Tuesday, May 11, 2010

The Wonderful Wizard of Oz by L. Frank Baum, Eric Shanower and Skottie Young

Dorothy Gale is a young girl who lives on a Kansas farm with her Uncle Henry and Aunt Em. But when a tornado blows across the wide Kansas plains, her pet dog, Toto, ran away, and when Dorothy went to get him back, she was in the house when it spun away from its foundation and was carried off into the sky.

When the house finally landed, though, Dorothy found herself in a strange land known as "OZ". She is met by a group of people dressed all in blue, known as the Munchkins, and a small woman dressed in white. Because Dorothy's House has killed the Wicked Witch of the East, the Munchkins think she is a powerful witch. Dorothy protests that she isn't a witch and she hasn't killed anyone, but the woman points out that her house did so, so it doesn't make any difference. and there are two good witches in Oz, the witch of the North, and of the South. Only the Eastern and Western Witches are wicked.

However, Dorothy inherits the Witch's silver shoes, and sets off to the Emerald City to find the Wizard, the only man who can get her home. Along the way, she meets up with three other people who become her traveling companions: a scarecrow who wants a brain, a woodcutter who made an enemy of a witch and slowly had to replace all of his body parts with tin when she enchanted his axe to chop them off, and who now misses his human heart, and a Lion, who should be the King of the Jungle, but who is actually a coward at heart and wants some courage.

Soon, they arrive at the Emerald City, so named because of its color, but are forced to wear green-tinted glasses while they are in the city. There, each meets with the great and Terrible Wizard known as Oz, and each time, Oz is in a new form, which seems to prove that his powers as a wizard are vast, indeed. But Oz has one condition for fulfilling their wishes. Since Dorothy has killed the Wicked Witch of the East, she must go to the land of the Winkies, whom the Wicked Witch of the West had imprisoned and turned into her slaves. But the Witch knew that Dorothy and her companions were coming, and set out to destroy them- with her Wolves, her Black Bees, with her army of enslaved Winkies and finally, with her flying Monkeys. Though Dorothy and her friends overcome the first three challenges, the winged Monkeys defeat them, and they are imprisoned in the Witch's castle.

The Lion is put in a cage, and the witch disposes of the scarecrow and Tin Woodsman, breaking and scattering their bodies, and Dorothy, she turns into a slave and keeps in her castle. But she wants the silver shoes that once belonged to the Wicked Witch of the East and are now Dorothy's. But will she be able to steal the shoes and keep Dorothy imprisoned as a slave forever?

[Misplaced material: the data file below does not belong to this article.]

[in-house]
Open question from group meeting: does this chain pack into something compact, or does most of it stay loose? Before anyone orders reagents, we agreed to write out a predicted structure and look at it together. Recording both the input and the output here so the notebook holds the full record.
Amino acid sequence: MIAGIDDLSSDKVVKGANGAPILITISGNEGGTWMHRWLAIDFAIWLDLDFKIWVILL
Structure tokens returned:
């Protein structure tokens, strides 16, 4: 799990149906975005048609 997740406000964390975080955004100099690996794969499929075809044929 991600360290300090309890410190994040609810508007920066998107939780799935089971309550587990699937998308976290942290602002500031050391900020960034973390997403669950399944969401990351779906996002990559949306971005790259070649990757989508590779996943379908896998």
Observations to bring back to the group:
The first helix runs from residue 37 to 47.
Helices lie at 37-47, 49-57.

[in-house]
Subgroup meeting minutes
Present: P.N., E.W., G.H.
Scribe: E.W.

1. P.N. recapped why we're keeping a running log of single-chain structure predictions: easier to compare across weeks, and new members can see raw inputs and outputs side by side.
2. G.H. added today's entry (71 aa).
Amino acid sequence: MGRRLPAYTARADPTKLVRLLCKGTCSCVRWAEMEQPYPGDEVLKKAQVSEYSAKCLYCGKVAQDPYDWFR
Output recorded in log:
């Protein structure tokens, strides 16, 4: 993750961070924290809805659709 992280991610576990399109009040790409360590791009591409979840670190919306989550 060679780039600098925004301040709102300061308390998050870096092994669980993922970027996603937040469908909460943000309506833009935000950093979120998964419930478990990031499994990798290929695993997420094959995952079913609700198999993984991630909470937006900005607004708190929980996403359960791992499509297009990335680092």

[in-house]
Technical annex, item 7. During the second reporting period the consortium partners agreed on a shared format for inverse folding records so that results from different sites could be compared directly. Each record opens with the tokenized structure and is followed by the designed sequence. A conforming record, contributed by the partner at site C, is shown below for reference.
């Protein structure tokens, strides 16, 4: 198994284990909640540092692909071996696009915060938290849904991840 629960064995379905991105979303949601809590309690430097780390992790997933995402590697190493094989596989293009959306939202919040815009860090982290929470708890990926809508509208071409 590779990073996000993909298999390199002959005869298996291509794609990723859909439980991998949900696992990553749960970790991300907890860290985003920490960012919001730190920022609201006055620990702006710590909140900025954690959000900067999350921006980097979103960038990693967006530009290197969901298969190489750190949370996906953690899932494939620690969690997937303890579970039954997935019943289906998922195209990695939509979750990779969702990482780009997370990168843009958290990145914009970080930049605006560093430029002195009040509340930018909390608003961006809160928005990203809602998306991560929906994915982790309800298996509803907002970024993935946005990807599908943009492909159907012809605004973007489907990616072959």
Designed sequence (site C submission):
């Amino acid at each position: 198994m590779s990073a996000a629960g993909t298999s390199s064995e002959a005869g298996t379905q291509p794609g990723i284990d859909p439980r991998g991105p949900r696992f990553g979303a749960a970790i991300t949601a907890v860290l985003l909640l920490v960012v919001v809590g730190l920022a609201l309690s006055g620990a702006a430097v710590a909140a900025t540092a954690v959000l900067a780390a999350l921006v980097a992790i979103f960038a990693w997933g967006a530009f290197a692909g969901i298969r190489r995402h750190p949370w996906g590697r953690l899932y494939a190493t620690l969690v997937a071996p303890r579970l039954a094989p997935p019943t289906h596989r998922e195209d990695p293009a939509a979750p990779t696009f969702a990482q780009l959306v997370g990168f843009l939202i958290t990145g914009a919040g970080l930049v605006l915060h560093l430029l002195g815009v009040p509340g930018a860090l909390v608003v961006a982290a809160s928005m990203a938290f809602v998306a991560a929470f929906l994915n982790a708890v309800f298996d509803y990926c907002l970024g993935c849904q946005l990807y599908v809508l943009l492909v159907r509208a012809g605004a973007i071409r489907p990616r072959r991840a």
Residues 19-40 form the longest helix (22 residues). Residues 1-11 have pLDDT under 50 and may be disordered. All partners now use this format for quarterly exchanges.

This is an unusual comic book, in that it hews more closely to the story in the book of the Wizard of Oz, and not to that of the movie, and therefore, a lot of the story will be new to people who have only seen the Judy Garland film. Here, the shoes are silver, not Ruby, and the Munchkins are not the only inhabitants of Oz- there are also the Winkies and the Quadlings. Glinda is the Good Witch of the South, not the North, and so on. Oh, and Aunt Em loved Dorothy and wasn't going to get rid of Toto- that was all made up for the movie.

But at the same time, the stories of the main characters make more sense, even that of the Wizard, who confesses himself to be a "humbug". I loved how so many things that appeared in the movie finally get an explanation- why the flying Monkeys served the Witch, how they came to be enslaved, and why the Emerald City appears all green (it's not actually green, but everyone who lives or visits there has to wear emerald-colored glasses, which makes everything appear to be green. All this information is presented in a way that makes me want to read more

Thankfully, the comic will be continuing with the next book in the Oz series, The Marvelous Land of Oz, which will introduce the character of Jack Pumpkinhead. I will certainly looking forward to it. This series has actually kindled a real interest in Oz, which is so much more than the famous movie. Highly recommended.

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